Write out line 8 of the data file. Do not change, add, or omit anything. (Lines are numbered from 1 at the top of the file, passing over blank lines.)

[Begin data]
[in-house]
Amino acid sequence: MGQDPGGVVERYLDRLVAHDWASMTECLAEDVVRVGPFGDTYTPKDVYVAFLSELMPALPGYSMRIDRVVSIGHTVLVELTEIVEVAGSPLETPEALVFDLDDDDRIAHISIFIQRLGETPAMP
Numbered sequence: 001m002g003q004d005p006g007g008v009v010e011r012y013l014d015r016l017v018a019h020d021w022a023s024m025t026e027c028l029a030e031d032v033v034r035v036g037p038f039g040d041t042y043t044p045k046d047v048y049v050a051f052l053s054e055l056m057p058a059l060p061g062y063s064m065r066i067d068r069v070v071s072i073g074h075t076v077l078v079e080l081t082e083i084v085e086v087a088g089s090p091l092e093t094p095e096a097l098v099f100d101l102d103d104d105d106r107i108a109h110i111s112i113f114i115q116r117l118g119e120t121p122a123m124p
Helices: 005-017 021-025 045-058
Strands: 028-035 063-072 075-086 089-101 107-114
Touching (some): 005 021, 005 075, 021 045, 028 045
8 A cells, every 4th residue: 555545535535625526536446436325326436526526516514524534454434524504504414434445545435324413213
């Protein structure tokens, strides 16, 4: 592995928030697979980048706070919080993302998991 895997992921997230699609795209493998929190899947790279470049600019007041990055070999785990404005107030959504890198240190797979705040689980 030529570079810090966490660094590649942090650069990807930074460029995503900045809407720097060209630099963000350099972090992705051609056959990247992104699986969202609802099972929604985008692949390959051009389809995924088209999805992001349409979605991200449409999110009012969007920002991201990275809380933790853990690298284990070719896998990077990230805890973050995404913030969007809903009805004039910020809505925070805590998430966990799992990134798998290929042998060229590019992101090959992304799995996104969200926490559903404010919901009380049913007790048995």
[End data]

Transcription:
């Protein structure tokens, strides 16, 4: 592995928030697979980048706070919080993302998991 895997992921997230699609795209493998929190899947790279470049600019007041990055070999785990404005107030959504890198240190797979705040689980 030529570079810090966490660094590649942090650069990807930074460029995503900045809407720097060209630099963000350099972090992705051609056959990247992104699986969202609802099972929604985008692949390959051009389809995924088209999805992001349409979605991200449409999110009012969007920002991201990275809380933790853990690298284990070719896998990077990230805890973050995404913030969007809903009805004039910020809505925070805590998430966990799992990134798998290929042998060229590019992101090959992304799995996104969200926490559903404010919901009380049913007790048995």